• A pending case in the ICJ would deter Pakistan from executing him before the final decision of the ICJ. Further, it may prevent something like this from happening in the future on the part of either country.

Vienna Convention on Consular Relations 

  • TheVienna Convention on Consular Relations of 1963 is an international treaty that defines a framework for consular relations between independent states.
  • A consul normally operates out of an embassy in another country, and performs two functions:
    1. Protecting in the host country the interests of their countrymen,
    2. Furthering the commercial and economic relations between the two states.
  • While a consul is not a diplomat, they work out of the same premises, and under this treaty they are afforded most of the same privileges, including a variation ofdiplomatic immunity called consular immunity.
  • The treaty has been ratified by 179 states.
  • The treaty is an extensive document, containing 79 articles, the important ones being
  • Article 5. Thirteen functions of a consul are listed, including protecting in the receiving state the interests of the sending state and its nationals, as well as developing the commercial, economic, cultural, and scientific relations between the two states.
  • Article 23. The host nation may at any time and for any reason declare a particular member of the consular staff to be persona non grata. The sending state must recall this person within a reasonable period of time, or otherwise this person may lose their consular immunity.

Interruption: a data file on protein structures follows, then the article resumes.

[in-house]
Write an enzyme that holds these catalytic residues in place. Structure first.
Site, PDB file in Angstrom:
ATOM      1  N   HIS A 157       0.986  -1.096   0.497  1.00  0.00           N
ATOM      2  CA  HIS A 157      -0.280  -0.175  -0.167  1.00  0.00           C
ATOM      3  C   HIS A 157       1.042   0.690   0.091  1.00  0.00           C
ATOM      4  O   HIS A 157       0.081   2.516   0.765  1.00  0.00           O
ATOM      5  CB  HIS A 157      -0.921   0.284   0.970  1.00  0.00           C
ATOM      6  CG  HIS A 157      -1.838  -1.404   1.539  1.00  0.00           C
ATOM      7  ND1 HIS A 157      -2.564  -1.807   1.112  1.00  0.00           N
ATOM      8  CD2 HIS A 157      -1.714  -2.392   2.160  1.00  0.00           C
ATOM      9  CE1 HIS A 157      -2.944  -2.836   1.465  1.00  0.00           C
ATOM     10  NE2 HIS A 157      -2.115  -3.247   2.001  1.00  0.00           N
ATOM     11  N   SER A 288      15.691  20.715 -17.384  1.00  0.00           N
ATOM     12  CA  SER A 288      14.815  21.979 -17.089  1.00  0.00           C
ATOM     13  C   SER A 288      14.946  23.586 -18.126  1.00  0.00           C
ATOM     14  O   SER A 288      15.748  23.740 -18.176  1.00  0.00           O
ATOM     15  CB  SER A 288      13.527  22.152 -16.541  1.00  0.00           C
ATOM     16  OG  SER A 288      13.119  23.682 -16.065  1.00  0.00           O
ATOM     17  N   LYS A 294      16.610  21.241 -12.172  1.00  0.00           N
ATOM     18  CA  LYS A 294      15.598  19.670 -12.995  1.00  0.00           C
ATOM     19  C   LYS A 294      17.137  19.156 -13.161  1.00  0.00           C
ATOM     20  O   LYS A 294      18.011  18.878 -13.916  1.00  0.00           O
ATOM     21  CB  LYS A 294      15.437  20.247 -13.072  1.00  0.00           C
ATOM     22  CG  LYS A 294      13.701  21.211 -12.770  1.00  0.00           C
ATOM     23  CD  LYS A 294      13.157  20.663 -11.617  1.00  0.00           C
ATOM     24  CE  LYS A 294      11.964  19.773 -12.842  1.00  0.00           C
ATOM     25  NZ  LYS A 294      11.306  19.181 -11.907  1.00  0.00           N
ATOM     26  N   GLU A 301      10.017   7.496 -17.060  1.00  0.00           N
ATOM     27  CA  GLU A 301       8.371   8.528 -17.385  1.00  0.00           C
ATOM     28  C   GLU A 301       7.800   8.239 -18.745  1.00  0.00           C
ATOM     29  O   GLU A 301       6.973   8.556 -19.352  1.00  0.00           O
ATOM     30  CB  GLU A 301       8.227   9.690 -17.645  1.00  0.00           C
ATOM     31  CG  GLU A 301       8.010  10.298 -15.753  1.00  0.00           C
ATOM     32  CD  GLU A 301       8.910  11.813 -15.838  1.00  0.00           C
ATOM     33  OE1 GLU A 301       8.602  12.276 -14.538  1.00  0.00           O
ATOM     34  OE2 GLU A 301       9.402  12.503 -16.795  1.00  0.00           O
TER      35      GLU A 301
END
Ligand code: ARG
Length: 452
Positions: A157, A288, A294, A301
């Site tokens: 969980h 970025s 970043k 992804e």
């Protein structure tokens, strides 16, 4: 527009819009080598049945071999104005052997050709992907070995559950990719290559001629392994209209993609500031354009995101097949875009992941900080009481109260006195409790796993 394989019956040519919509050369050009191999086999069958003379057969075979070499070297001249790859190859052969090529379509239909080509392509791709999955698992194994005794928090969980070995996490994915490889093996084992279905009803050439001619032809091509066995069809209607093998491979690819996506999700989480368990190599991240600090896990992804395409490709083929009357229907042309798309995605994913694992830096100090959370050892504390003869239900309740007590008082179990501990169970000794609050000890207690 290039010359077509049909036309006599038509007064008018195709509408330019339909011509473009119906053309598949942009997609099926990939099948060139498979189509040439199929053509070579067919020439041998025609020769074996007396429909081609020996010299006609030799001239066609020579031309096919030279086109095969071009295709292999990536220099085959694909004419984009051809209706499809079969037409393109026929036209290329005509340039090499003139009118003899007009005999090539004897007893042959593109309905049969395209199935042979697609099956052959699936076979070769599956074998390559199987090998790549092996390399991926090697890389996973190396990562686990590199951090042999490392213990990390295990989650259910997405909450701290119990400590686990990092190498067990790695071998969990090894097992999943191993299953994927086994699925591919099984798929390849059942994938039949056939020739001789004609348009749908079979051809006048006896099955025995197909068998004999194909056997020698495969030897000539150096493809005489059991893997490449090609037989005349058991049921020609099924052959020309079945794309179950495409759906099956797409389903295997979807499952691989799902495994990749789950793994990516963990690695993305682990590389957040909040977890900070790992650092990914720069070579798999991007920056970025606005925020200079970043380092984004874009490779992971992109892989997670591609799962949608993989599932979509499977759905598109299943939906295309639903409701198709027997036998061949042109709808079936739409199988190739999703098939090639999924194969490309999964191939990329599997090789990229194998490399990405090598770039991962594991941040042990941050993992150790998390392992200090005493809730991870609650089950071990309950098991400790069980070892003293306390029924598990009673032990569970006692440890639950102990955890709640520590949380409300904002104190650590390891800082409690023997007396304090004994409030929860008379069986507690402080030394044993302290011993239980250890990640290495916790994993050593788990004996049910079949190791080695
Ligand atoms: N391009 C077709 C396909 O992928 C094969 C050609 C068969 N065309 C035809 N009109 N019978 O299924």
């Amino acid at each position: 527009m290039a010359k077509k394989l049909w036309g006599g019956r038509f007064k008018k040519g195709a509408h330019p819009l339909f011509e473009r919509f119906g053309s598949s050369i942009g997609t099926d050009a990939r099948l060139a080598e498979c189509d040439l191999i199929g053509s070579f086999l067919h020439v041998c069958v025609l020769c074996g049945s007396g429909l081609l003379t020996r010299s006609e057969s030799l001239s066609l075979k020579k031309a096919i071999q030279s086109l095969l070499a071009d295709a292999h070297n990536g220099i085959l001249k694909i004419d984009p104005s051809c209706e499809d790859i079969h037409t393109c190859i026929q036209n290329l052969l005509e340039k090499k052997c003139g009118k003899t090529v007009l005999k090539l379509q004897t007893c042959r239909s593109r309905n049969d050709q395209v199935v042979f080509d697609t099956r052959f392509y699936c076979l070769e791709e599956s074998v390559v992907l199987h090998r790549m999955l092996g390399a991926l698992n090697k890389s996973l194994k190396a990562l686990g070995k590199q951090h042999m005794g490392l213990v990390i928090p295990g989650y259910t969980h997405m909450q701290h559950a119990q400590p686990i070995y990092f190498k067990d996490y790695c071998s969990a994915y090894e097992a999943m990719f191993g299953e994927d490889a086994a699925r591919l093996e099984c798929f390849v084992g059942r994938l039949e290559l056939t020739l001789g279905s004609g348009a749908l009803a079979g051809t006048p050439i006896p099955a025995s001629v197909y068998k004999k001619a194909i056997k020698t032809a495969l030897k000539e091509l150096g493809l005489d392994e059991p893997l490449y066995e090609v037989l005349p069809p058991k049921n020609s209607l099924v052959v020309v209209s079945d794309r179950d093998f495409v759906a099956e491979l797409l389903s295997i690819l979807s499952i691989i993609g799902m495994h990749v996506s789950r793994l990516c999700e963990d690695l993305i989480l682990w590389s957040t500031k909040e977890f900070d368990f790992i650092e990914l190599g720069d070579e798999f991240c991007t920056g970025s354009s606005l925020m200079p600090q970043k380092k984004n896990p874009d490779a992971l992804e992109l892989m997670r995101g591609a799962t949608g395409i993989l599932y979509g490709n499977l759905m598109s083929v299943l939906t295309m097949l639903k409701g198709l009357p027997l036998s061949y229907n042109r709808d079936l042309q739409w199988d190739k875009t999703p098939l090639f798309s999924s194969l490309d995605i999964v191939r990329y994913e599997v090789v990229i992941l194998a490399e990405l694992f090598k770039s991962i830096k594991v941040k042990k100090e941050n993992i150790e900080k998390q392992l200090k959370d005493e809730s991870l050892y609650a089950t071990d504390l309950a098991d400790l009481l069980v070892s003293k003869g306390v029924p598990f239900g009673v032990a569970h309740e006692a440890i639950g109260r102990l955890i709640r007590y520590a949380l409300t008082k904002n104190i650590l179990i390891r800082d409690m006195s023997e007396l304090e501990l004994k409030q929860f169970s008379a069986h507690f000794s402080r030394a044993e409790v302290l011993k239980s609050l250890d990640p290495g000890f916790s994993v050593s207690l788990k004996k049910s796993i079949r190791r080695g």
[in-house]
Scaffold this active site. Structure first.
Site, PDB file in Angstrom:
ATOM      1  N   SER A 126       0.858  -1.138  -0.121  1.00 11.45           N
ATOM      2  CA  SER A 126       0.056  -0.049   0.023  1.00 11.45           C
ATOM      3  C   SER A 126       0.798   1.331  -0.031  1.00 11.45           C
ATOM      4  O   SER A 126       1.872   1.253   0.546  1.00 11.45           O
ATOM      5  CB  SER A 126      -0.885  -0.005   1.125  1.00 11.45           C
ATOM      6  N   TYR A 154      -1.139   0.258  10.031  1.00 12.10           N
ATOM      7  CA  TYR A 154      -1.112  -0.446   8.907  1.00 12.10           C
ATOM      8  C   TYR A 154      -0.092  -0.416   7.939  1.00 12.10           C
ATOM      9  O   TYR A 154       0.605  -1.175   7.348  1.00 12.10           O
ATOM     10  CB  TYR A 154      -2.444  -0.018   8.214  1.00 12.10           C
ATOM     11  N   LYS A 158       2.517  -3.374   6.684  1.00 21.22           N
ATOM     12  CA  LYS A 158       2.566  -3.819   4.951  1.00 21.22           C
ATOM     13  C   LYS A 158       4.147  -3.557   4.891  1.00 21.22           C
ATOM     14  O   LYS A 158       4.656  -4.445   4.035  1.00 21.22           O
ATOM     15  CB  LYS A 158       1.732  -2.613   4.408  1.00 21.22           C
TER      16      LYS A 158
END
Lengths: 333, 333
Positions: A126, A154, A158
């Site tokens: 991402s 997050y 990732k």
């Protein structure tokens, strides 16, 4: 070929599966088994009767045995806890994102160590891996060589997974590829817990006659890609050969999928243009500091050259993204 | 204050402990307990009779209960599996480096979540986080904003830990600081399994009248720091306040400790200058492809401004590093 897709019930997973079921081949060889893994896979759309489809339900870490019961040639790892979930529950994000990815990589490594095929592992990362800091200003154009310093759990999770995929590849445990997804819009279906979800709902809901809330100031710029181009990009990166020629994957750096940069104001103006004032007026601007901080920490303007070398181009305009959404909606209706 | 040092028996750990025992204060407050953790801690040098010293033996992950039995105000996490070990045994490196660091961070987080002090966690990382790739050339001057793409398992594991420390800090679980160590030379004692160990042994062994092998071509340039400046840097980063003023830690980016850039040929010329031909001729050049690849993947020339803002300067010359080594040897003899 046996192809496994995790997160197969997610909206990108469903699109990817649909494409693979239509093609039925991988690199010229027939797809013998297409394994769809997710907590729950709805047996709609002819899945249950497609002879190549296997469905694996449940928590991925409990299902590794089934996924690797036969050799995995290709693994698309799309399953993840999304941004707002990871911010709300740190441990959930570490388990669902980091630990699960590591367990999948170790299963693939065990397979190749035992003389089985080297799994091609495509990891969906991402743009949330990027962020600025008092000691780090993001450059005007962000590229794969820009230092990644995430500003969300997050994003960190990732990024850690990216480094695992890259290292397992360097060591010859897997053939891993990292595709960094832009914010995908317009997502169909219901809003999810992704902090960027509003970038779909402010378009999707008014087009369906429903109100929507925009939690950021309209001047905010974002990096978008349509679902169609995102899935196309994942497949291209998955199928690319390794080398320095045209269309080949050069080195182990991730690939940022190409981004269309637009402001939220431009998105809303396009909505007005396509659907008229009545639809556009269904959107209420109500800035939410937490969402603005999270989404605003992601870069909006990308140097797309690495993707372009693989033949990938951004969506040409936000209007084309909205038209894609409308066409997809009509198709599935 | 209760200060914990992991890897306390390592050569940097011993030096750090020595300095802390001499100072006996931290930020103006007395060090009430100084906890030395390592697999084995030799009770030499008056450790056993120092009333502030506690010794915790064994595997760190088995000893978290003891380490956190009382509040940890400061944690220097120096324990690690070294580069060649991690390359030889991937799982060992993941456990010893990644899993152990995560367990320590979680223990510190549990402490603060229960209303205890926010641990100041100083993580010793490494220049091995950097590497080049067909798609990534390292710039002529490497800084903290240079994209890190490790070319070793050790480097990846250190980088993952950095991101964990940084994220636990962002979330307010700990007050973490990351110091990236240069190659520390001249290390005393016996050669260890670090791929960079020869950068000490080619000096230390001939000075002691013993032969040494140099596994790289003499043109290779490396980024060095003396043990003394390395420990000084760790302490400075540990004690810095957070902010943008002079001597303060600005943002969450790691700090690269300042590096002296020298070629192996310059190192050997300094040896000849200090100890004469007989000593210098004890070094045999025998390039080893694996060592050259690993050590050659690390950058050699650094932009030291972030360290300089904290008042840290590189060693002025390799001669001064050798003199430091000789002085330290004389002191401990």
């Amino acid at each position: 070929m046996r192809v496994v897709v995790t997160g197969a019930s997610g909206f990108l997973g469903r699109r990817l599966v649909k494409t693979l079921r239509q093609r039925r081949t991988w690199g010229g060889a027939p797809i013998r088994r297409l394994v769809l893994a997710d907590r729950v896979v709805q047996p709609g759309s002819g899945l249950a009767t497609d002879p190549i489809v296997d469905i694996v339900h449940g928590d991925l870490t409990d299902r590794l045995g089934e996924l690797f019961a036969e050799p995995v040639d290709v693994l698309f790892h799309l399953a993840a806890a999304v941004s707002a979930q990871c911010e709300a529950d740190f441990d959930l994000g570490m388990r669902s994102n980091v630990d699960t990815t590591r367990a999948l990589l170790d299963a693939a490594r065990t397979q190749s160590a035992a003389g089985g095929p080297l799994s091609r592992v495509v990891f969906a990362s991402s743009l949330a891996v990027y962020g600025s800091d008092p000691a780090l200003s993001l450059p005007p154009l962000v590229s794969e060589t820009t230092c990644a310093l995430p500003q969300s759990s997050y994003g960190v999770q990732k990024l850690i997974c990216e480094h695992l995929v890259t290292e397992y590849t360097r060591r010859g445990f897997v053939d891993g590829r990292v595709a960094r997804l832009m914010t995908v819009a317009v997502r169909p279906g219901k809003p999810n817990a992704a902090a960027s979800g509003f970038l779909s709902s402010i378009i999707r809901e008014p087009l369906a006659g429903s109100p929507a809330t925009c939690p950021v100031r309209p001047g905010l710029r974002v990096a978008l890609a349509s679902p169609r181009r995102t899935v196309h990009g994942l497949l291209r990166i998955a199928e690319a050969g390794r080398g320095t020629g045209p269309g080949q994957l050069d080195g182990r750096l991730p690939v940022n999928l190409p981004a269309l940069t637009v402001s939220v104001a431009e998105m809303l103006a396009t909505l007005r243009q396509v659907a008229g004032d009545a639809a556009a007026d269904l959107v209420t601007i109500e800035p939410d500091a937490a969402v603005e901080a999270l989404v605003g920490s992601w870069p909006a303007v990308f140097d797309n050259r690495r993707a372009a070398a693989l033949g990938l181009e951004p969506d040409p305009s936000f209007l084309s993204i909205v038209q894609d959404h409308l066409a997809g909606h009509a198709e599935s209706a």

• Article 31. The host nation may not enter the consular premises, and must protect the premises from intrusion or damage.
  • Article 35. Freedom of communication between the consul and their home country must be preserved. A consular bag must never be opened. A consular courier must never be detained.
  • Article 36. Foreign nationals who are arrested or detained be given notice “without delay” of their right to have their embassy or consulate notified of that arrest. If the detained foreign national so requests, the police must fax that notice to the embassy or consulate, which can then check up on the person. The notice to the consulate can be as simple as a fax, giving the person’s name, the place of arrest, and, if possible, something about the reason for the arrest or detention.

Way forward

While the case involves complex geopolitical games, the basics of the game remains still simple which can be sorted out amicably between the states.

One, like USA and USSR during the cold war epoch, India and Pakistan can reach a comprehensive understanding on how to treat caught spies and the modalities of their exchange, given that espionage is as old as statecraft and cannot be ruled out even between friendly states.

Two, the outstanding issues between India and Pakistan can be given a backstage as they are highly politicised issues like Kashmir, and work on improving the trade and capitalising on shared cultural history while working to eradicate poverty from the subcontinent ( as suggested by PM Modi).

Practice Questions

  1. How is the consternate bilateral relationship between India and Pakistan affecting the lives of individual civilians of both countries? What can be done to enhance people to people contacts?
  2. How has the geopolitical games, particularly by China and USA affected the future of the South Asian region?